That being said, here are a couple of ideas that stuck with me from my first year:

- You are responsible for the kids in your classroom. If they’re not learning, its your fault. Sure, it’s easy to blame parents or gangs or whatever else, but the truth of it is that for most of those kids, there is a teacher somewhere on that campus who’s made them want to learn. Be like those teachers, not the ones who constantly complain about the kids. This sucks to hear, but I’ve seen too many teachers with good potential get ruined because they couldn’t believe that changing what they did would change the kids.

- Observe observe observe. Use your conference period. Find out who’s good at classroom management, and go watch them teach. If you don’t see them in the first week of school, you won’t see how they got there. But you will see that it’s possible. (To which – every new teacher should be required to watch the 5 best classroom managers on campus for the first week of school, lesson planning be damned.)

- Only change one thing at a time. If you feel out of control, accept most of it for what it is, and only work on changing one thing about yourself at a time. The first thing I worked on was not answering a kid who just yelled at me – I had to teach myself to wait for them to raise their hand. I had post it notes reminding me of that everywhere. The kids laughed at me, didn’t change much, but eventually learned that they had to respond to me rather than the other way around.

- Make your expectations clear, in excruciating detail. Repeatedly. I spend about a week at the beginning of the year teaching them (as opposed to just telling them) my expectations. And still, every day, I need to remind my 5th period what they’re supposed to do before the tardy bell rings. Every week when I give a test, I go over the 3 rules. Even then, I’ll have a kid who starts talking before the test was completely over. But it happens rarely. If a kid ever does something I don’t want them to do, and I haven’t taught them about that, I take it as my fault. Sure it seems like they should know how to do some stuff as a student, but the reality is that they want to know that you know how they’re supposed to act before they’re willing to put in the effort.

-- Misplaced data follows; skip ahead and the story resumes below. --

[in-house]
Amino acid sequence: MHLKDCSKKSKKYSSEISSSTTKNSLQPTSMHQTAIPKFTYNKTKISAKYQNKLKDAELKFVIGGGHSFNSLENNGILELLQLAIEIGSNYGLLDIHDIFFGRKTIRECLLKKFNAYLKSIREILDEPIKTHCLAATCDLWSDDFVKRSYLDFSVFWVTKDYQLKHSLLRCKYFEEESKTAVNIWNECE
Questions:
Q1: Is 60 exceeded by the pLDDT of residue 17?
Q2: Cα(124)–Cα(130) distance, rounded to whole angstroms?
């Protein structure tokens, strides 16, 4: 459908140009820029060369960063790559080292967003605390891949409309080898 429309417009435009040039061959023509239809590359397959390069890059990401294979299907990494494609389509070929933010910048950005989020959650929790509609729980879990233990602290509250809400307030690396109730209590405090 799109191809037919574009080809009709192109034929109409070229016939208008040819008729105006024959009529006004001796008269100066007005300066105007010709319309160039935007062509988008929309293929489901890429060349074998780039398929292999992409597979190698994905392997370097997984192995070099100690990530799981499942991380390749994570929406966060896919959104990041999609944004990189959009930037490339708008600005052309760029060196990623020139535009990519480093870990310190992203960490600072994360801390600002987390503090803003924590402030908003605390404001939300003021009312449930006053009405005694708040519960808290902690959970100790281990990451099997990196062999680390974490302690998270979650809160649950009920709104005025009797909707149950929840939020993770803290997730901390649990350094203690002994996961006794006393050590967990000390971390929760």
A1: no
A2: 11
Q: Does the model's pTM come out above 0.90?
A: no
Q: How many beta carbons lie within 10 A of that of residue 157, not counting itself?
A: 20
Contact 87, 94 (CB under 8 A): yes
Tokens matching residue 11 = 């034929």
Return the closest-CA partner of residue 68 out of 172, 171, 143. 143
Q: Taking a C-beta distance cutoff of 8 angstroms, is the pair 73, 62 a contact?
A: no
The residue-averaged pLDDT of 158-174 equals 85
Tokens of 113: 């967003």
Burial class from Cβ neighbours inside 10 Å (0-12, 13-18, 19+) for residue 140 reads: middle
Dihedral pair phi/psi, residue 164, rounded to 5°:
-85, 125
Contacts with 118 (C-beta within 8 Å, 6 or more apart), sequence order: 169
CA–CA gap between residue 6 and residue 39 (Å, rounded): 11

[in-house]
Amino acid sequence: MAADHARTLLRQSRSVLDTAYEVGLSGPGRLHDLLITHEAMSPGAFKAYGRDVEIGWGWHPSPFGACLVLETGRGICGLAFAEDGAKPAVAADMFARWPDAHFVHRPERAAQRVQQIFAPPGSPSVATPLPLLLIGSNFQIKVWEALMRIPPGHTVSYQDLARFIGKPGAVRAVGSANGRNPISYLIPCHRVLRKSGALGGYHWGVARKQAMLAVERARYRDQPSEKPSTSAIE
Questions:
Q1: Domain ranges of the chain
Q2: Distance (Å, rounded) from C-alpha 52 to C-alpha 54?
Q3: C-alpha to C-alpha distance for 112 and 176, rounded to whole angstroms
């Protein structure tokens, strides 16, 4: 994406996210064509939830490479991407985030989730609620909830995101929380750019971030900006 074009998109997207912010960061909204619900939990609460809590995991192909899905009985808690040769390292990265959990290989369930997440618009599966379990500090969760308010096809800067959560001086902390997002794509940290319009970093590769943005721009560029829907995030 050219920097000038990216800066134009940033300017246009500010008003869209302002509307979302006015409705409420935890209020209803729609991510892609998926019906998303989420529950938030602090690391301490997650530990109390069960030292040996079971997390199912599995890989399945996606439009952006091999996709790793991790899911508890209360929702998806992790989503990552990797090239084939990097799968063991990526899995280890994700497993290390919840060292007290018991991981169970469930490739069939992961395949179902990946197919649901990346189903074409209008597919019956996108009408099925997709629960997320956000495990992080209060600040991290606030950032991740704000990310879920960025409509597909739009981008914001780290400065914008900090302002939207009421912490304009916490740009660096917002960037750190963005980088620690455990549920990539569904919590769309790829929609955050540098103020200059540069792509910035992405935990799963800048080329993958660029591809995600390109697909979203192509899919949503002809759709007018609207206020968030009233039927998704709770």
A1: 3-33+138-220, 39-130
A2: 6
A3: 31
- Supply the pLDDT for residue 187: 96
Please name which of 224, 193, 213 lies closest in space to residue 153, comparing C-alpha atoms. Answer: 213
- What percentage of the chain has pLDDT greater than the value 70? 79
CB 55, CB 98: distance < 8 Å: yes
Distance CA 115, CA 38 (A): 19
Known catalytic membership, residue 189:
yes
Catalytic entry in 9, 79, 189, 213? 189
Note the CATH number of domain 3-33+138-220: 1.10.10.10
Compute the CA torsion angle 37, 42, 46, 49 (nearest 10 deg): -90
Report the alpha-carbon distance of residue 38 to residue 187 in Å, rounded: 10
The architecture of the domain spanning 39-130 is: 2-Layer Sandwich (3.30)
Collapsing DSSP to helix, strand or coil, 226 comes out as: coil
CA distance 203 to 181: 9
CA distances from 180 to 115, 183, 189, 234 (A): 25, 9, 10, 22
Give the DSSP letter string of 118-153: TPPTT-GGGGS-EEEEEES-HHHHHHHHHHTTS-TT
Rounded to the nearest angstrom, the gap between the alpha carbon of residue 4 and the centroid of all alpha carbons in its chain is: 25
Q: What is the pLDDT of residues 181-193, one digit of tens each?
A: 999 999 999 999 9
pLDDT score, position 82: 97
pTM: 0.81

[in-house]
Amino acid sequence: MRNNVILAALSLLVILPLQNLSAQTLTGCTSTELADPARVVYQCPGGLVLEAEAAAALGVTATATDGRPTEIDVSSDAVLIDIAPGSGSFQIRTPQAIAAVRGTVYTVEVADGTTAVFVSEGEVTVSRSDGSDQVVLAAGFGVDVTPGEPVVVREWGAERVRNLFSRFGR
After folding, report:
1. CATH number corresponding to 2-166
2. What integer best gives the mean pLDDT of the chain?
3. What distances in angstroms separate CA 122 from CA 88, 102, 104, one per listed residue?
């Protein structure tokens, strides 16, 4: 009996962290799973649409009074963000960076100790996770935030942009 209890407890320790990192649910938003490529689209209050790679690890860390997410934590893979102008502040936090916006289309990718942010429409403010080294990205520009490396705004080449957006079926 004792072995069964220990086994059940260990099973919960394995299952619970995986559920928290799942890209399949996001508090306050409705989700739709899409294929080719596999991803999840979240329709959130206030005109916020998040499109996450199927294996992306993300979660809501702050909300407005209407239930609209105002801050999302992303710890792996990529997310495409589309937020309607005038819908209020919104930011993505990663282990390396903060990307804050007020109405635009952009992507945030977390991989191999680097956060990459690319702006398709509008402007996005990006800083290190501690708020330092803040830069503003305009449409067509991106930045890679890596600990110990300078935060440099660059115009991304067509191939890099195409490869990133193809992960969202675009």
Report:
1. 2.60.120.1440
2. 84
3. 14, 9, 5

Prevention is worth tons of cure, and I haven’t so much learned to manage my anger as find ways to prevent things that might make me angry from happening. I spent a full month of seven hour days during the summer after my first year making a list of things the kids did that drove me nuts, and then coming up with alternate behaviors to teach them, and then lessons to teach those things. Eventually, I got good at catching the precursors to those things as well as communicating those expectations, to the point where I can substitute a class from hell and have them eating out of my hand in 5 minutes.

That’s down the road, though. right now, pick one thing about yourself to change, and start practicing it.

And remember to get enough sleep.